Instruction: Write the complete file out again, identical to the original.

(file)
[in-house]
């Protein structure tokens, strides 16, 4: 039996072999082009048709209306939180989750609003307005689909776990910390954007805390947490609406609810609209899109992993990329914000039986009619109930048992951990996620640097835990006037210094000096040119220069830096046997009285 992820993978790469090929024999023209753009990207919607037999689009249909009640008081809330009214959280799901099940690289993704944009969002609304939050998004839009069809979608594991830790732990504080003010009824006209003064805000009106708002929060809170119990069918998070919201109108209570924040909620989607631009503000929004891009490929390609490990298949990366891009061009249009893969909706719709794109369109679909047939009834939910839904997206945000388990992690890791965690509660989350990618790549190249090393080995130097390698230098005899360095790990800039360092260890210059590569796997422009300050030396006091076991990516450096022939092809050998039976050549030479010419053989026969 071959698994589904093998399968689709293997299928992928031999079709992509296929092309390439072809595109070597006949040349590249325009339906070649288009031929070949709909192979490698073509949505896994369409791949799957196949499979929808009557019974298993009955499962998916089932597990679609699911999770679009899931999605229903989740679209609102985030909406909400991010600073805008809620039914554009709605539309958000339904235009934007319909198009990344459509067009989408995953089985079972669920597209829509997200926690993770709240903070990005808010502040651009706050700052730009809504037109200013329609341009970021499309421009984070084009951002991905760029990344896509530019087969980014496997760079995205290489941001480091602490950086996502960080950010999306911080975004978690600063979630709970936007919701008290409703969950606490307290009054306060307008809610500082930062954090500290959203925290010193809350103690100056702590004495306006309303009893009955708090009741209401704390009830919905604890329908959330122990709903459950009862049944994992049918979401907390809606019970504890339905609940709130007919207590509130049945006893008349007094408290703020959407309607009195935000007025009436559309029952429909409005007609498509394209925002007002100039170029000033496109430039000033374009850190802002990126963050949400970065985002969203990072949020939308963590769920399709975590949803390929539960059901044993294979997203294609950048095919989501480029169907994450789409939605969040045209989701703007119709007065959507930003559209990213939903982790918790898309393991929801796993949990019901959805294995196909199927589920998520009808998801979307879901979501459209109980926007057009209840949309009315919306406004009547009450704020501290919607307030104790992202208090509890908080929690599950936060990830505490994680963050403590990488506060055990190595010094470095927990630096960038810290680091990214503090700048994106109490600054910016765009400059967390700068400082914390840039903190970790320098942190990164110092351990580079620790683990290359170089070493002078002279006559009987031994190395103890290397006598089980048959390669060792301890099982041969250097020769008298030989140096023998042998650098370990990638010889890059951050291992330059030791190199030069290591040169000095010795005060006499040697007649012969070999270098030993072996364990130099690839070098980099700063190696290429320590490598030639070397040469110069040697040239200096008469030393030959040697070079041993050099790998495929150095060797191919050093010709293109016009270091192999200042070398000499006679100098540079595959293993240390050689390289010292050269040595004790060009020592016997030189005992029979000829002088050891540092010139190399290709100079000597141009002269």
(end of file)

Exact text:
[in-house]
């Protein structure tokens, strides 16, 4: 039996072999082009048709209306939180989750609003307005689909776990910390954007805390947490609406609810609209899109992993990329914000039986009619109930048992951990996620640097835990006037210094000096040119220069830096046997009285 992820993978790469090929024999023209753009990207919607037999689009249909009640008081809330009214959280799901099940690289993704944009969002609304939050998004839009069809979608594991830790732990504080003010009824006209003064805000009106708002929060809170119990069918998070919201109108209570924040909620989607631009503000929004891009490929390609490990298949990366891009061009249009893969909706719709794109369109679909047939009834939910839904997206945000388990992690890791965690509660989350990618790549190249090393080995130097390698230098005899360095790990800039360092260890210059590569796997422009300050030396006091076991990516450096022939092809050998039976050549030479010419053989026969 071959698994589904093998399968689709293997299928992928031999079709992509296929092309390439072809595109070597006949040349590249325009339906070649288009031929070949709909192979490698073509949505896994369409791949799957196949499979929808009557019974298993009955499962998916089932597990679609699911999770679009899931999605229903989740679209609102985030909406909400991010600073805008809620039914554009709605539309958000339904235009934007319909198009990344459509067009989408995953089985079972669920597209829509997200926690993770709240903070990005808010502040651009706050700052730009809504037109200013329609341009970021499309421009984070084009951002991905760029990344896509530019087969980014496997760079995205290489941001480091602490950086996502960080950010999306911080975004978690600063979630709970936007919701008290409703969950606490307290009054306060307008809610500082930062954090500290959203925290010193809350103690100056702590004495306006309303009893009955708090009741209401704390009830919905604890329908959330122990709903459950009862049944994992049918979401907390809606019970504890339905609940709130007919207590509130049945006893008349007094408290703020959407309607009195935000007025009436559309029952429909409005007609498509394209925002007002100039170029000033496109430039000033374009850190802002990126963050949400970065985002969203990072949020939308963590769920399709975590949803390929539960059901044993294979997203294609950048095919989501480029169907994450789409939605969040045209989701703007119709007065959507930003559209990213939903982790918790898309393991929801796993949990019901959805294995196909199927589920998520009808998801979307879901979501459209109980926007057009209840949309009315919306406004009547009450704020501290919607307030104790992202208090509890908080929690599950936060990830505490994680963050403590990488506060055990190595010094470095927990630096960038810290680091990214503090700048994106109490600054910016765009400059967390700068400082914390840039903190970790320098942190990164110092351990580079620790683990290359170089070493002078002279006559009987031994190395103890290397006598089980048959390669060792301890099982041969250097020769008298030989140096023998042998650098370990990638010889890059951050291992330059030791190199030069290591040169000095010795005060006499040697007649012969070999270098030993072996364990130099690839070098980099700063190696290429320590490598030639070397040469110069040697040239200096008469030393030959040697070079041993050099790998495929150095060797191919050093010709293109016009270091192999200042070398000499006679100098540079595959293993240390050689390289010292050269040595004790060009020592016997030189005992029979000829002088050891540092010139190399290709100079000597141009002269």